National View: Obama must be agressive to win

Three years of slow recovery from an inherited recession have left President Obama struggling to win the second term that eluded just one of his four most recent predecessors.

Carl P. Leubsdorf

Three years of slow recovery from an inherited recession have left President Obama struggling to win the second term that eluded just one of his four most recent predecessors.

It's the main reason, despite his political skills and the demographic changes that favor the Democratic Party, he's not in a stronger position.

Democrats finally developed a positive response to Ronald Reagan's iconic question by arguing the country is doing better than four years ago because jobs are being created, not lost. And on Thursday night, Obama gave a compelling acceptance speech because that's something he does best.

Still, he won't easily overcome the fact that his presidency has often failed to go beyond devising policy prescriptions to undertake consistent, coordinated and easily understandable efforts to sell them.

That's why many Democrats last week were wary about his prospects. While they believed he deserves credit for carrying out his principal 2008 promises, they recognized his strategic and tactical mistakes have helped undercut his hopes of a historic presidency.


The list is extensive:

He promised bipartisanship but failed at the outset to reach out and establish working relations with Republican congressional leaders. They would still have opposed his agenda, but he'd be on stronger ground politically and better able to negotiate compromises.

He let Democratic House members write his economic stimulus bill, making it more of a pork-barrel measure than necessary. By including tax cuts up front, rather than using them to bargain for Republican support, he made the bill weaker than it could have been without attracting GOP votes. His advisers undercut the effort politically by promising it would keep unemployment under 8 percent, making it seem a failure though the nonpartisan Congressional Budget Office said it saved more than 3 million jobs and prevented a double digit jobless rate.

He overloaded the congressional agenda by pushing controversial "cap and trade" climate change legislation, forcing House Democrats to cast a politically risky vote for a measure destined for failure in the Senate.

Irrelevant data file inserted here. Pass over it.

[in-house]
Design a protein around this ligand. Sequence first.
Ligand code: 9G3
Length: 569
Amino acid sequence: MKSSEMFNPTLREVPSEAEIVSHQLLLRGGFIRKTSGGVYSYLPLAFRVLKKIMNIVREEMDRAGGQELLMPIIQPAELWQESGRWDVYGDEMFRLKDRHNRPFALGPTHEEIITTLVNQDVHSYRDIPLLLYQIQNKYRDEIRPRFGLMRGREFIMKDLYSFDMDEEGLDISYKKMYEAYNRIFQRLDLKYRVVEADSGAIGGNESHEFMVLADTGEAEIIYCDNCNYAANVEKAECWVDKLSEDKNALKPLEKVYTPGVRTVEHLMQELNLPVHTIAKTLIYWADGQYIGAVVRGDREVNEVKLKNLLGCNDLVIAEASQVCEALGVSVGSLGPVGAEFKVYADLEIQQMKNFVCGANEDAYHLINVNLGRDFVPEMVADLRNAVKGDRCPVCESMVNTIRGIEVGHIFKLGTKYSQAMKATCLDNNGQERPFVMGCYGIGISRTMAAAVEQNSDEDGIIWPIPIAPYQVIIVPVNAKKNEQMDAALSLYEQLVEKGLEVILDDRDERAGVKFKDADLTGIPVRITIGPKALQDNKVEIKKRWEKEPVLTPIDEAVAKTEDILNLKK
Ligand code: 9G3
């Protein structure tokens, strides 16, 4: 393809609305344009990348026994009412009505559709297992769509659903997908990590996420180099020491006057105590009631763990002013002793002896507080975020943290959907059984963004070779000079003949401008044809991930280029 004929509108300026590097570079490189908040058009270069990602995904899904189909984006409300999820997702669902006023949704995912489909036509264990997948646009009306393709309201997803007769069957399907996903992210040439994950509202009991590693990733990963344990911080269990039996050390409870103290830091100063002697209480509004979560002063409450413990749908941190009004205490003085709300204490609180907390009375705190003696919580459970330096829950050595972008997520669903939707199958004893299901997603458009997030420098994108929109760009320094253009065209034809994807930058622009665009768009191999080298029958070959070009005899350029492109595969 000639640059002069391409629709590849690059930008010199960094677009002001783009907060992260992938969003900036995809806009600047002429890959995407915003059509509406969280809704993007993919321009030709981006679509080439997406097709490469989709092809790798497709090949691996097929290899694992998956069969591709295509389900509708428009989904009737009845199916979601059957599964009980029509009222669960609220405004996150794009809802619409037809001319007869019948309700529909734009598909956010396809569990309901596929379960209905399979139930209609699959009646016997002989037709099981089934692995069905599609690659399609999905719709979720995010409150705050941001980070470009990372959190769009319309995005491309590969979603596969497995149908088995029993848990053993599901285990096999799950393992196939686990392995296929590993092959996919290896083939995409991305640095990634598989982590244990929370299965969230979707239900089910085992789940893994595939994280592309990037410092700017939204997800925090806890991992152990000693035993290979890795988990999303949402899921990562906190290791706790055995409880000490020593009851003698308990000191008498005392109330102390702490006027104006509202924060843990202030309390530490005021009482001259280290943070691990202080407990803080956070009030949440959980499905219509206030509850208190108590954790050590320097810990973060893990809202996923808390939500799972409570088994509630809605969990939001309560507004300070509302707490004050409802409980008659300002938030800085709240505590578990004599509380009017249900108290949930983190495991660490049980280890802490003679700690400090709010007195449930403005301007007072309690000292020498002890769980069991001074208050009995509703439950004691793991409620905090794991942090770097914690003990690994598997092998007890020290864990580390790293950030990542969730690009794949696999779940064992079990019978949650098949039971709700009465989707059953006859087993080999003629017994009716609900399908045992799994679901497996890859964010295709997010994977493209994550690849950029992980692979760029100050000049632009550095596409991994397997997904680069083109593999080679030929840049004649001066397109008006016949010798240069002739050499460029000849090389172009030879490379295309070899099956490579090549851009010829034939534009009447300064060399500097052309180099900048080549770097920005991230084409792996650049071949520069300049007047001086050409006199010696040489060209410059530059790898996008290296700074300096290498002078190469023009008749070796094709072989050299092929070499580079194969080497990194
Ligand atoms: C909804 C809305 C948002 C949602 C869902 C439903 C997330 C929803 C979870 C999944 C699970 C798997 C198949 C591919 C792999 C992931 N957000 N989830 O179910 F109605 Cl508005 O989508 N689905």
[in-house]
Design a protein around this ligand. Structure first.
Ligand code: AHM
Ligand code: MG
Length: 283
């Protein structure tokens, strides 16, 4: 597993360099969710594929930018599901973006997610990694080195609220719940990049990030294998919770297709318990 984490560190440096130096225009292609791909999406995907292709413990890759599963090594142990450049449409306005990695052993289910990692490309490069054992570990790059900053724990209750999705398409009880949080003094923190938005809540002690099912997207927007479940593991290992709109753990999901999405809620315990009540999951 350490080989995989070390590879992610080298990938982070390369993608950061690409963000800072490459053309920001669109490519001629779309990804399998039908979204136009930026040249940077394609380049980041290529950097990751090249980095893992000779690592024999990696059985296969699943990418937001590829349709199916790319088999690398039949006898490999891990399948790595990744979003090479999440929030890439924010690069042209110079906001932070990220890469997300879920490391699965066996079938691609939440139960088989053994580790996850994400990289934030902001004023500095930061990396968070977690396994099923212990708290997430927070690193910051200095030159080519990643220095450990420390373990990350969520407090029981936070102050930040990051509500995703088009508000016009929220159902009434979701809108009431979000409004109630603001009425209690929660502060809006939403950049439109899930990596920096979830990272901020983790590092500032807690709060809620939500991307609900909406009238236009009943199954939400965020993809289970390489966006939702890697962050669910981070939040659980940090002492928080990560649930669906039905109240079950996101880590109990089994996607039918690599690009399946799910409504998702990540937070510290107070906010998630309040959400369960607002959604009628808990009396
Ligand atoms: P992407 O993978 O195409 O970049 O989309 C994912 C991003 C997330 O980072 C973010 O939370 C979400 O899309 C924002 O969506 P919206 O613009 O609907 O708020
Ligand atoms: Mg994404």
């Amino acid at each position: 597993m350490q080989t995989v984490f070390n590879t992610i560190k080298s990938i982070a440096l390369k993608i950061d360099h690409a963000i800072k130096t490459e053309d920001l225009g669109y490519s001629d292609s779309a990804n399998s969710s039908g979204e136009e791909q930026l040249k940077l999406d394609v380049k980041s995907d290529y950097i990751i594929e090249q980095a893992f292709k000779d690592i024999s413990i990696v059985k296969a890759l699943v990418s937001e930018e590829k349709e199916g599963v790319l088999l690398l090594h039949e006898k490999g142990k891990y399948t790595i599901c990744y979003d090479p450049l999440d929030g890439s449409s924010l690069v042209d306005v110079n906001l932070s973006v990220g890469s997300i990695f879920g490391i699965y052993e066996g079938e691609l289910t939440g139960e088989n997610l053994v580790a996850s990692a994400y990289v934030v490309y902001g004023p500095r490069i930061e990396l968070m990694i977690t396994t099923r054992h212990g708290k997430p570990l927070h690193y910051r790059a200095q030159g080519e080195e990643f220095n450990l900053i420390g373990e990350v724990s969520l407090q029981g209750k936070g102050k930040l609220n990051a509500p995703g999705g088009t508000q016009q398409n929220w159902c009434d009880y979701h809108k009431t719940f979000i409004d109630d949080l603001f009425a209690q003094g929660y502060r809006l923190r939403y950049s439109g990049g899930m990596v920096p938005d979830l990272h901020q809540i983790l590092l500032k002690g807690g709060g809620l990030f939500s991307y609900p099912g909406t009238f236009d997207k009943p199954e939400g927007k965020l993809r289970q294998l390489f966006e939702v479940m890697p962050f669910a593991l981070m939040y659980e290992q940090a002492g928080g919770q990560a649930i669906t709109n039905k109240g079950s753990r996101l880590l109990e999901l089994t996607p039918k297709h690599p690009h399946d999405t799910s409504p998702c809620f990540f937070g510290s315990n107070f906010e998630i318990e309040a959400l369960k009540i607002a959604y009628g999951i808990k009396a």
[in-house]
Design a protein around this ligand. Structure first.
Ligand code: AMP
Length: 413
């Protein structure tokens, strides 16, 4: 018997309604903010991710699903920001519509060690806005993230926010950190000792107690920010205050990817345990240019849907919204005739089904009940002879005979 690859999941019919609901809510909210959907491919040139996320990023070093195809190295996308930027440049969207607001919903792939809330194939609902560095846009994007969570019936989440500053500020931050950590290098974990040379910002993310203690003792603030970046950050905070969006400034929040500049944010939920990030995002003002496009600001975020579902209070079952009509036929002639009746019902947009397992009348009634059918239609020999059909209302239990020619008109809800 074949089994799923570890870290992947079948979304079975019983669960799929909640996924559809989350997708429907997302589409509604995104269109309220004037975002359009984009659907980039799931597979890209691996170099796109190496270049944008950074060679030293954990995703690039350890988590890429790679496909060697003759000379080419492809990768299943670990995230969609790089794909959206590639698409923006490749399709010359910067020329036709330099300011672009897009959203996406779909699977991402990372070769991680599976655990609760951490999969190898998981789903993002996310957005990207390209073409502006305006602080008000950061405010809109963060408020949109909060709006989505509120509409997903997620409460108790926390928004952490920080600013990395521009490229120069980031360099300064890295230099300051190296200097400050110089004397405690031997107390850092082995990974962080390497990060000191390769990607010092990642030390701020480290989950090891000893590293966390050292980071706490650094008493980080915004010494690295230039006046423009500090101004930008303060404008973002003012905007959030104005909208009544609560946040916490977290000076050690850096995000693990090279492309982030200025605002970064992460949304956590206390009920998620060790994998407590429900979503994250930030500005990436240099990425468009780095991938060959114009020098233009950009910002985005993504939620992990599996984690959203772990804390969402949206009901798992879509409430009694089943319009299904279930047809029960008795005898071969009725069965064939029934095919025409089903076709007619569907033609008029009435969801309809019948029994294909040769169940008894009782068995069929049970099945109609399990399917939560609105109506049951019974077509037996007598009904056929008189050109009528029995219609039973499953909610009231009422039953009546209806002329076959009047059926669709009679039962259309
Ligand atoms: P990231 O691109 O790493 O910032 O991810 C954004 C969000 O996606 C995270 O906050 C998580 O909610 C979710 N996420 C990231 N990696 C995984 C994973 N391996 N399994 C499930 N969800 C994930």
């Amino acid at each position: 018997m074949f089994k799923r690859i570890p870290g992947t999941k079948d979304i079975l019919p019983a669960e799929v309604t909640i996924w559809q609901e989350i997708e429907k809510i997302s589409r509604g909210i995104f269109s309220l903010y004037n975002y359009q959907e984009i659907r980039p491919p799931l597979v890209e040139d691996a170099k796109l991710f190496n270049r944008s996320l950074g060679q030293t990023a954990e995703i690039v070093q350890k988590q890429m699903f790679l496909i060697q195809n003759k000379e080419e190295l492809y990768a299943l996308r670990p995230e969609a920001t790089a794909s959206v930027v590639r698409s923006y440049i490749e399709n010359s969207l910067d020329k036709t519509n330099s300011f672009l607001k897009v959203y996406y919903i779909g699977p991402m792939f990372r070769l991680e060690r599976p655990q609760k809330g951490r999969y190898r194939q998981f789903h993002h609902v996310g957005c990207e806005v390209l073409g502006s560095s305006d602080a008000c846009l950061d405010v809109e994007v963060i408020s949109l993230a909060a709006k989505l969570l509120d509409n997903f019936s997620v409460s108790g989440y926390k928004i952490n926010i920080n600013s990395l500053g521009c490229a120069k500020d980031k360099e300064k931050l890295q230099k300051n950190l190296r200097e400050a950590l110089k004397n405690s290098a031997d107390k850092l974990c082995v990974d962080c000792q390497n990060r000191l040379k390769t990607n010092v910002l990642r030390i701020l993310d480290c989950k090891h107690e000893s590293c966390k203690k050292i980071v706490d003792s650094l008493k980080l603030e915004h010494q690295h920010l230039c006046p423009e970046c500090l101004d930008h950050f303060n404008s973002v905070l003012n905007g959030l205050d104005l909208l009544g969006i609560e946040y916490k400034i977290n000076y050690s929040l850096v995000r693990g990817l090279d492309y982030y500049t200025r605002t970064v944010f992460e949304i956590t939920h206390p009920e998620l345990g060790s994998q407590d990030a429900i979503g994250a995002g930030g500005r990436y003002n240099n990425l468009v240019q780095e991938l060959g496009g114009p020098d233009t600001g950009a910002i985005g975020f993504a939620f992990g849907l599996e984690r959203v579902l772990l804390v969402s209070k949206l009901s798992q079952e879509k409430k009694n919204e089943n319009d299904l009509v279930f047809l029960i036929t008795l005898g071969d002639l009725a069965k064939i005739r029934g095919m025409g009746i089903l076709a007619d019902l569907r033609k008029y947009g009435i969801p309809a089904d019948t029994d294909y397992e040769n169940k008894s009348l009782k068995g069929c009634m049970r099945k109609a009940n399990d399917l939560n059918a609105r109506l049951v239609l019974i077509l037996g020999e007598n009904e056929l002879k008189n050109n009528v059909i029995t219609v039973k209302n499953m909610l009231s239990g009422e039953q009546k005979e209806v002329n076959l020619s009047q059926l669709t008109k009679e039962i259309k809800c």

On his signature health bill, Obama should have taken a stronger lead by presenting Congress with more than principles. By negotiating too long for a bipartisan Senate bill, the White House let Republicans play a delaying game while critics bashed the complex initiative.

Obama should have taken the political high ground by endorsing his bipartisan Simpson-Bowles Commission's deficit control plan, rather than just expressing general support for its principles.

His failure to anticipate the House GOP's determination to force deep spending cuts as a price for extending the debt ceiling cost considerable political damage before a final agreement was reached.

Other Obama actions improved his chances. Targeting key terrorist leaders paid big dividends when he directed the Navy SEAL operation that killed Osama bin Laden. He followed through on his promise to complete the U.S. withdrawal from Iraq, without serious consequences; launched the withdrawal from Afghanistan, which the public favors; and avoided further U.S. troop commitments amid the Arab world's turmoil.


Since last September, he has sharpened his differences with the GOP on economic issues, presenting sensible proposals congressional Republicans ignored and arguing Romney offers the economic approach that caused prior problems.

That helped his job approval rise into the upper 40s, but his initial mistakes and the lagging recovery forced his campaign to go negative.

Obama's campaign has kept the GOP off balance, enjoying success in portraying Romney as out of touch with voters.

Thursday night's speech reminded his supporters of the positive, upbeat Obama they elected, but his aggressive campaign may be the main reason he might surmount the high unemployment figure and his own mistakes to win a second term.

Carl P. Leubsdorf is the former Washington bureau chief of the Dallas Morning News. He can be reached at .

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